More than 10 percent #   #     #   #     #   #     #   #  
Prevalence of violent incidents12                                       
No violent incidents #   #     #   #     #   #     #   #  
Any violent incidents 240 !           640 !        
#Rounds to zero.
!Interpret data with caution. The standard error for this estimate is from 30 percent to 50 percent of the estimate’s value.
‡Reporting standards not met. The standard error represents more than 50 percent of the estimate.
1Firearm or explosive device was defined for respondents as "any weapon that is designed to (or may readily be converted to) expel a projectile by the action of an explosive. This includes guns, bombs, grenades, mines, rockets, missiles, pipe bombs, or similar devices designed to explode and capable of causing bodily harm or property damage."
2Specialized school was defined for respondents as "a school that is specifically for students who were referred for disciplinary reasons, although the school may also have students who were referred for other reasons. The school may be at the same location as your school."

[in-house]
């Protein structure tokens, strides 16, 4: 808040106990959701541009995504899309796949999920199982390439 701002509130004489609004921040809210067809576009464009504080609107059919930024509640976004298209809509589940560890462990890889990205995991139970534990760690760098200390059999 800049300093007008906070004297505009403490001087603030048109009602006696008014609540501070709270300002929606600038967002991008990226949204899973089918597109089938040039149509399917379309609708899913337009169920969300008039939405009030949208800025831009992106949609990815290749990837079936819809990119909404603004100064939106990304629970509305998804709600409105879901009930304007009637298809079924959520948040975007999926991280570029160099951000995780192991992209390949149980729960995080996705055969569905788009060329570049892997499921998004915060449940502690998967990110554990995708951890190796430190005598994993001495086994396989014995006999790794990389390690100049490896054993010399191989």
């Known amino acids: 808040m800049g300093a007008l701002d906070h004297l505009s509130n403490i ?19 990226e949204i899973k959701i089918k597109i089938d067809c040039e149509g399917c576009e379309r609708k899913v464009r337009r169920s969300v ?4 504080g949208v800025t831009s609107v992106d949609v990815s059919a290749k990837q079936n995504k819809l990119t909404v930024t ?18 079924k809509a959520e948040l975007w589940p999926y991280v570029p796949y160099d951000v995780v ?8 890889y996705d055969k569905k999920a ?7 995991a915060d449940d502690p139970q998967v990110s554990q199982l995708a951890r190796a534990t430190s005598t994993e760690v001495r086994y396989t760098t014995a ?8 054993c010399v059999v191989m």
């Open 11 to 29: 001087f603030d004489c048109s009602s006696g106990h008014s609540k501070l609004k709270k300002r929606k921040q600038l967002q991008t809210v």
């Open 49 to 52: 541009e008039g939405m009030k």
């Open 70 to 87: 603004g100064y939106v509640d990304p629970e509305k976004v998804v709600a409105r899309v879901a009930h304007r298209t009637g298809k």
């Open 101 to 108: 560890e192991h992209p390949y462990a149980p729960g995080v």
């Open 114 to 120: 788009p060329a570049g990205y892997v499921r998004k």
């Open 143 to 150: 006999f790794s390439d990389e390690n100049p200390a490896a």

3Other disciplinary actions include suspension less than 5 days, detention, etc.
4Respondents were asked, "How would you describe the crime level in the area(s) in which your students live?" Response options included "high level of crime," "moderate level of crime," "low level of crime," and "students come from areas with very different levels of crime."
5Rounds to 100.
6Student-to-FTE ratio was calculated by dividing the total number of students enrolled in the school by the total number of full-time-equivalent teachers and aides. The total number of full-time-equivalent teachers and aides is a combination of the full-time and part-time teachers and aides, including special education teachers and aides, with an adjustment to compensate for the part-time status.
7Respondents were asked, "How many classroom changes do most students make in a typical day?" Responses exclude morning arrival and afternoon departure.